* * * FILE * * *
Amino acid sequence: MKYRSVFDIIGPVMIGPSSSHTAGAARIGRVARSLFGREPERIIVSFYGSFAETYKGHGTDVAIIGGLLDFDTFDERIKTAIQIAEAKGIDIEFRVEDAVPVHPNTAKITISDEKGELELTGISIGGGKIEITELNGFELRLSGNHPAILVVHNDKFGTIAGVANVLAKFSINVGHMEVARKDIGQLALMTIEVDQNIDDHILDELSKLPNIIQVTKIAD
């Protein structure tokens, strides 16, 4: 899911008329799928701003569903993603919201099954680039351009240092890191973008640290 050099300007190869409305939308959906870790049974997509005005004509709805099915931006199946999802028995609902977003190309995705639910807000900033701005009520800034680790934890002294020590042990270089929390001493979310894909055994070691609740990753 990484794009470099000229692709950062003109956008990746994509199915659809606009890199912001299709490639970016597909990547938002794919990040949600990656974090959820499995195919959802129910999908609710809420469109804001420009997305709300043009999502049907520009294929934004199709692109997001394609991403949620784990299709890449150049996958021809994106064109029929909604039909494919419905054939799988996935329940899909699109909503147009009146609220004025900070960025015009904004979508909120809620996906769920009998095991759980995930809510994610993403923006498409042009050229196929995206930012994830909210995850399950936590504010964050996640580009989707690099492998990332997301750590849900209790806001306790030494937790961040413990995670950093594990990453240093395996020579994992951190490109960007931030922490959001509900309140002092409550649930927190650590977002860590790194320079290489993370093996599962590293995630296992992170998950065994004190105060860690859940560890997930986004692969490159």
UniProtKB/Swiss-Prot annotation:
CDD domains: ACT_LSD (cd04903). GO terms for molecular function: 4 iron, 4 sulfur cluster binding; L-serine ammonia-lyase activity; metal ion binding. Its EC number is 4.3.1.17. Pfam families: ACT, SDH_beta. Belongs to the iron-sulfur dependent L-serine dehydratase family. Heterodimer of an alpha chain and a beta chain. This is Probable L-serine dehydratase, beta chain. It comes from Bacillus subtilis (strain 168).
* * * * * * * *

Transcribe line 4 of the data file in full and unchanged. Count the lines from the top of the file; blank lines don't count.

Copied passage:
CDD domains: ACT_LSD (cd04903). GO terms for molecular function: 4 iron, 4 sulfur cluster binding; L-serine ammonia-lyase activity; metal ion binding. Its EC number is 4.3.1.17. Pfam families: ACT, SDH_beta. Belongs to the iron-sulfur dependent L-serine dehydratase family. Heterodimer of an alpha chain and a beta chain. This is Probable L-serine dehydratase, beta chain. It comes from Bacillus subtilis (strain 168).